49. What can I say, other then you are so right. I have been through losing a pet numerous times, three of them were dogs. My last dog Pepper was a big black Belgian Sheepdog-Shepard. He was diagnosed with nose cancer and given 6 months. This news hit us very hard. Unfortunately the doctor was right on the money when he gave us that timeline. His cancer spread from his nose to his brain and I knew then there was no turning back. I was faced with that horrible decision as there was nothing no one could do from this point on. That day I felt so many different emotions like heartache,guilt and anger. I knew having to put Pepper down was the right thing to do so he wouldn’t suffer in pain, but I couldn’t help but think I had let him down. That the fear he was feeling at the doctors was all my fault because I was the one who brought him there. I never wanted another dog because the pain I felt in that one day was so unbearable that I refused to allow myself to go through that again. It’s been 22 years since I said goodbye to my special friend, but I remember it as if it happened yesterday. I also gave in and allowed not one but two dogs into my home again. Being older myself I have been able to appreciate and enjoy them much more, however with Bentley being 9 and my Minnie a very sickly 7 with diabetes I can’t help but think about that dreadful day Pepper was euthanized. Why would I put myself through this again??? Why,because I could not live the rest of my life not being able to feel the love, happiness and companionship that our dogs so willingly bombard us with. I know some day I will once again suffer that great pain of having to say goodbye but after all that they have given me over these past almost 10 years, it’s the least I can do for them. I don’t know if I’ll get another dog when both Bentley and Minnie go, although I don’t think that I can live without the unconditional love and companionship of another dog.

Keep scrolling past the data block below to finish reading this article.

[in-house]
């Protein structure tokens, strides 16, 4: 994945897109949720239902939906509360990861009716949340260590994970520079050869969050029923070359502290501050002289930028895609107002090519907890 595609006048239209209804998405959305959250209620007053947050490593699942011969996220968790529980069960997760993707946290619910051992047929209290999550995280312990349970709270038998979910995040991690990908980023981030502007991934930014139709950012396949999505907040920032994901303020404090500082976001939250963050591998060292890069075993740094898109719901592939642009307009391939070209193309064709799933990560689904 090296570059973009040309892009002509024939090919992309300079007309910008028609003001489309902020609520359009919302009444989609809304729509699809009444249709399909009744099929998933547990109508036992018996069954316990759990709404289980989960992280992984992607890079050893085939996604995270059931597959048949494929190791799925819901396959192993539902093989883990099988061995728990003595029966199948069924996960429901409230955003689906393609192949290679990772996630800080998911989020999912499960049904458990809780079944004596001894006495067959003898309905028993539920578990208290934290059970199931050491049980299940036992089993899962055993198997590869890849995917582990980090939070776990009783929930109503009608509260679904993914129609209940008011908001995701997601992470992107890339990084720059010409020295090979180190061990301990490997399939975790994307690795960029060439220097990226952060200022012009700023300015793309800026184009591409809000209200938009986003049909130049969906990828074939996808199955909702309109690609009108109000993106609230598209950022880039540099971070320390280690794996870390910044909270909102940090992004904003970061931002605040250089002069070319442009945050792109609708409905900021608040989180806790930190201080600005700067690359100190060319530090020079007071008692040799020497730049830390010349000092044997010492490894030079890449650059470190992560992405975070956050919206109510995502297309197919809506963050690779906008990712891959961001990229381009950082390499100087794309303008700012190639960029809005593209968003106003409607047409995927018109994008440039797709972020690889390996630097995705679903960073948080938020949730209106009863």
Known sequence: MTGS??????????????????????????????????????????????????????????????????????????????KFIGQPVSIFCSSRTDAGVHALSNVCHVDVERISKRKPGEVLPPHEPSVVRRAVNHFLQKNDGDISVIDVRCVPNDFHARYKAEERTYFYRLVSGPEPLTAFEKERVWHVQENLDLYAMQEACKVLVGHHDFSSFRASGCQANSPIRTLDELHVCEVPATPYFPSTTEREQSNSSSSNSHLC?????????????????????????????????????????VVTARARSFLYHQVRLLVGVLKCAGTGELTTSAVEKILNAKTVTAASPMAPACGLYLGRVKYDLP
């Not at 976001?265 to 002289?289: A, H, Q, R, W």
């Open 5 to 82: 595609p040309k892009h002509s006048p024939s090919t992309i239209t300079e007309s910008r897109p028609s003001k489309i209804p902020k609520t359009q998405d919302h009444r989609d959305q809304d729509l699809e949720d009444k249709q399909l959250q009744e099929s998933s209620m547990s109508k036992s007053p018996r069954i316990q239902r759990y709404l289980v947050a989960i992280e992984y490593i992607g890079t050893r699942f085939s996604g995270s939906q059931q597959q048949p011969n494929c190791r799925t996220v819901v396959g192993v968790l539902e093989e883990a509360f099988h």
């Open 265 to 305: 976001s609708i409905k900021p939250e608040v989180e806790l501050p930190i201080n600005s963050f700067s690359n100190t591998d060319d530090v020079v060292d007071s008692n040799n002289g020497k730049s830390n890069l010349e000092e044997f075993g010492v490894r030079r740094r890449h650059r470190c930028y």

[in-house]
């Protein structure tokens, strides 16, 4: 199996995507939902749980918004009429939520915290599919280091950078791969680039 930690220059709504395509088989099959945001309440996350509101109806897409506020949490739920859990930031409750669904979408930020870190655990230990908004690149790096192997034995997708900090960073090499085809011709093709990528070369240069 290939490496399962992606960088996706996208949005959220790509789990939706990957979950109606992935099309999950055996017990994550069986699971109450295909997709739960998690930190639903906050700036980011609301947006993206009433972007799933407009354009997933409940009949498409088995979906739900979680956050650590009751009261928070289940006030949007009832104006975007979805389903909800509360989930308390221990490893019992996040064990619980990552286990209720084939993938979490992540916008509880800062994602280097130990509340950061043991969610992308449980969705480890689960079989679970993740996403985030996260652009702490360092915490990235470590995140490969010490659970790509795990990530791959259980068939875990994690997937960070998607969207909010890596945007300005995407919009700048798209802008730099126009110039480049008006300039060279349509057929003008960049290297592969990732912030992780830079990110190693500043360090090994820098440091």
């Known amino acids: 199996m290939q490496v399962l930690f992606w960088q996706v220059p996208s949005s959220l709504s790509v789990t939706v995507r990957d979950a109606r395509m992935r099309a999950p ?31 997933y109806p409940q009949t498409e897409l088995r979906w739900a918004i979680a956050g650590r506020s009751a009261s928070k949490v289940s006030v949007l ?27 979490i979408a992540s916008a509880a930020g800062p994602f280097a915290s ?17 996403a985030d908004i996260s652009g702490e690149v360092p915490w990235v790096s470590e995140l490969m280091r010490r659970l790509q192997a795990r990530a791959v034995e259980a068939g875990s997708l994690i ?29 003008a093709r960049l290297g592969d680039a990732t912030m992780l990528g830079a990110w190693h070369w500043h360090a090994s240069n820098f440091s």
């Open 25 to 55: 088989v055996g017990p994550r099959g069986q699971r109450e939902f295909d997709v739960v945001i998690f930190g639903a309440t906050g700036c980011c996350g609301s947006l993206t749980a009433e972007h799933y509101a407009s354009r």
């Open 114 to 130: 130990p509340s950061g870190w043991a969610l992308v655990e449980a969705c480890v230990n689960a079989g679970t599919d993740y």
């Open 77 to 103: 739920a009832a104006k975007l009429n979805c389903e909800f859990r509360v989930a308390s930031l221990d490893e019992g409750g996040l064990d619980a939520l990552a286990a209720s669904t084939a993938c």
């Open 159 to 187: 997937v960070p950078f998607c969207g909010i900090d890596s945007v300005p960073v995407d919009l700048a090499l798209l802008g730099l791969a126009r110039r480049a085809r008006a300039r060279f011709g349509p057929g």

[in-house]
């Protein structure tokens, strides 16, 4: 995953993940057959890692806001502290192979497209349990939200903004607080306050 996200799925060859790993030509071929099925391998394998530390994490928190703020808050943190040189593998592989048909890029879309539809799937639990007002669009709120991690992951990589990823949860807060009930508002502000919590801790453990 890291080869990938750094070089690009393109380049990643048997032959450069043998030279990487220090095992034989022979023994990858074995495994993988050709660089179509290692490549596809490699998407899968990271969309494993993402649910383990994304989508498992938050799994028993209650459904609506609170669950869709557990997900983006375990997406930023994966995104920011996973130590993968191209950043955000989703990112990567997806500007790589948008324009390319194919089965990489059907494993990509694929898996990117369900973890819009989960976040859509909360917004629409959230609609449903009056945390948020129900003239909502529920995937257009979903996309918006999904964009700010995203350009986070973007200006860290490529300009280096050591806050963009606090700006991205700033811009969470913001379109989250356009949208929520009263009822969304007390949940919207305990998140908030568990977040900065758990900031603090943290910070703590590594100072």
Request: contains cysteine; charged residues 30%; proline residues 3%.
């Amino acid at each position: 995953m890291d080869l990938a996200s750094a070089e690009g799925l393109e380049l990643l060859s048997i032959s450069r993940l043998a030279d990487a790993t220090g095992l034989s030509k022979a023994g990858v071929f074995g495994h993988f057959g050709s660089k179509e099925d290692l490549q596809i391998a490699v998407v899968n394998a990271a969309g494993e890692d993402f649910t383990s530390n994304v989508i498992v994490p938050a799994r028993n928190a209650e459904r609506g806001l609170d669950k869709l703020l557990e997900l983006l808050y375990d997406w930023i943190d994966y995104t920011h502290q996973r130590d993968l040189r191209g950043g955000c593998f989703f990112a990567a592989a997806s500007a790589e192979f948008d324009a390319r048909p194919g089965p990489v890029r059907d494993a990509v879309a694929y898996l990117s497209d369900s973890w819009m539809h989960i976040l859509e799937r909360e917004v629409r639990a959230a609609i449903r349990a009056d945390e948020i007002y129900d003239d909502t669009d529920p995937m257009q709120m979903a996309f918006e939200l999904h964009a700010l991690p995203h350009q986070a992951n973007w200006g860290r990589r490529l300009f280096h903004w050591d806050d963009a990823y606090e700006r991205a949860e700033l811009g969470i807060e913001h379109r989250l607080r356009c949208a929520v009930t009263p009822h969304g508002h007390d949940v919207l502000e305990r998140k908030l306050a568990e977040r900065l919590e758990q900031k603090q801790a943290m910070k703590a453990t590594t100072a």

50. Very well written and it really hits home with me. I’ve had many dogs through my life, all different breeds, temperments and personalities. The one thing they shared was the ability to love unconditionally. It was heartbreaking saying good-bye to them. After each one, I thought there was no way I’d get another dog, it hurts too much to lose them. But it was worse not having one. I’d get another and enjoy the honor of having such a wonderful companion. So the best thing a person can do is to give the unconditional love back, play with, feed, comfort, and keep their dog healthy. Enjoy every minute with them as much as they enjoy the time with you. And say good-bye to them with all the love and comfort you have.

  51. I agree 100% with every word written. At age 75 my most traumatic experience ever occurred 20 mos ago when we lost our Lucy. I have not been the same since. We could not replace Lucy, but we got another yorkie,
    Brooksie, which I love dearly, but
    She is not Lucy! We only had Lucy 5 yrs, then one hight we let her out, something was looming in the yard and she gave chase never to be seen again. We spent several months and thousands of $$ to no avail. Today’s article came very close to home. I had to read in two sessions because of the tears and emotion.
    Thank you so much for sharing your time of sorrow.

    Sincerely

  52. This is the best expression of the human/canine relationship I’ve seen. Our dog Chu Liang passed away last August. We also lost a beloved cat last month. The expression “It’s just a dog” also applies to a family cat. We have been devastated. I’ve been wondering lately if people knew that their child would die after only 10-15 yrs would they still have children. But that’s exactly what happens with pets. Thanks again for writing your story. You are a good man.

  53. I have 4 dogs and understand exactly what you mean….I hear many ppl say when their dog dies they will not get another because it is too painful…It is horrible the pain is consuming but I think they are angels sent from God to love and protect us-and to teach life lessons…and I think when they leave they are making room for another..I believe we should love as many as we can in our lifetime. When I take in a new baby it helps me heal. Not that another dog can replace the one you lost..but I have a way to channel my pain into love..

  54. Our family faced putting down our Marley a few years ago. I can relate to every statement you wrote about. He was a lab mix. HIs last year left him with hip displasia. We did everything to keep him comfortable knowing the day would come to where we would have to put him down. He spent his last 6 months enjoying the outside. I spent all my time with him. Anything I could do sitting in my backyard to be with him I did. Spread a blanket out for us to lay on and be together. I made the comment that I never knew I could love a dog so much. I do understand unconditional love he gave to our family. We have since adopted 2 dogs and love them both. Thank you for this beautiful article 🐾💕🐾

LEAVE A REPLY